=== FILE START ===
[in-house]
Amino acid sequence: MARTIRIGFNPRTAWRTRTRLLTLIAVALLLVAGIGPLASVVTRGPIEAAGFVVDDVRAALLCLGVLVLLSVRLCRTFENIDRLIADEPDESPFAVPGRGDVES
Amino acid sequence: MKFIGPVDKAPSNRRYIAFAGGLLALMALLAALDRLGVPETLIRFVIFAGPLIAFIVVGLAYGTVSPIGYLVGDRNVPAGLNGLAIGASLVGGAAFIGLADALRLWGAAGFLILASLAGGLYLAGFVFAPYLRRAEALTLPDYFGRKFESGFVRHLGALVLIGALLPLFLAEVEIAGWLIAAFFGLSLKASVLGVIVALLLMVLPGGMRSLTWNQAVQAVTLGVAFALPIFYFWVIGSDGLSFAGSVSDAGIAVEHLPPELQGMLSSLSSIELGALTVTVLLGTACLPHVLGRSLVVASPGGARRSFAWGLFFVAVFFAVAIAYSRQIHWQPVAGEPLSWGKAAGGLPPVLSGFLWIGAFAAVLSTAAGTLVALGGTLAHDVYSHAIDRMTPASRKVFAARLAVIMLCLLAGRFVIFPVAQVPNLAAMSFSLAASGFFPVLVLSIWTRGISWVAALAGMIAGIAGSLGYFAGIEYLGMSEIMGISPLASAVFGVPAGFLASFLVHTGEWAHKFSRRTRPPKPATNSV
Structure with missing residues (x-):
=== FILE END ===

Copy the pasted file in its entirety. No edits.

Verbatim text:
[in-house]
Amino acid sequence: MARTIRIGFNPRTAWRTRTRLLTLIAVALLLVAGIGPLASVVTRGPIEAAGFVVDDVRAALLCLGVLVLLSVRLCRTFENIDRLIADEPDESPFAVPGRGDVES
Amino acid sequence: MKFIGPVDKAPSNRRYIAFAGGLLALMALLAALDRLGVPETLIRFVIFAGPLIAFIVVGLAYGTVSPIGYLVGDRNVPAGLNGLAIGASLVGGAAFIGLADALRLWGAAGFLILASLAGGLYLAGFVFAPYLRRAEALTLPDYFGRKFESGFVRHLGALVLIGALLPLFLAEVEIAGWLIAAFFGLSLKASVLGVIVALLLMVLPGGMRSLTWNQAVQAVTLGVAFALPIFYFWVIGSDGLSFAGSVSDAGIAVEHLPPELQGMLSSLSSIELGALTVTVLLGTACLPHVLGRSLVVASPGGARRSFAWGLFFVAVFFAVAIAYSRQIHWQPVAGEPLSWGKAAGGLPPVLSGFLWIGAFAAVLSTAAGTLVALGGTLAHDVYSHAIDRMTPASRKVFAARLAVIMLCLLAGRFVIFPVAQVPNLAAMSFSLAASGFFPVLVLSIWTRGISWVAALAGMIAGIAGSLGYFAGIEYLGMSEIMGISPLASAVFGVPAGFLASFLVHTGEWAHKFSRRTRPPKPATNSV
Structure with missing residues (x-):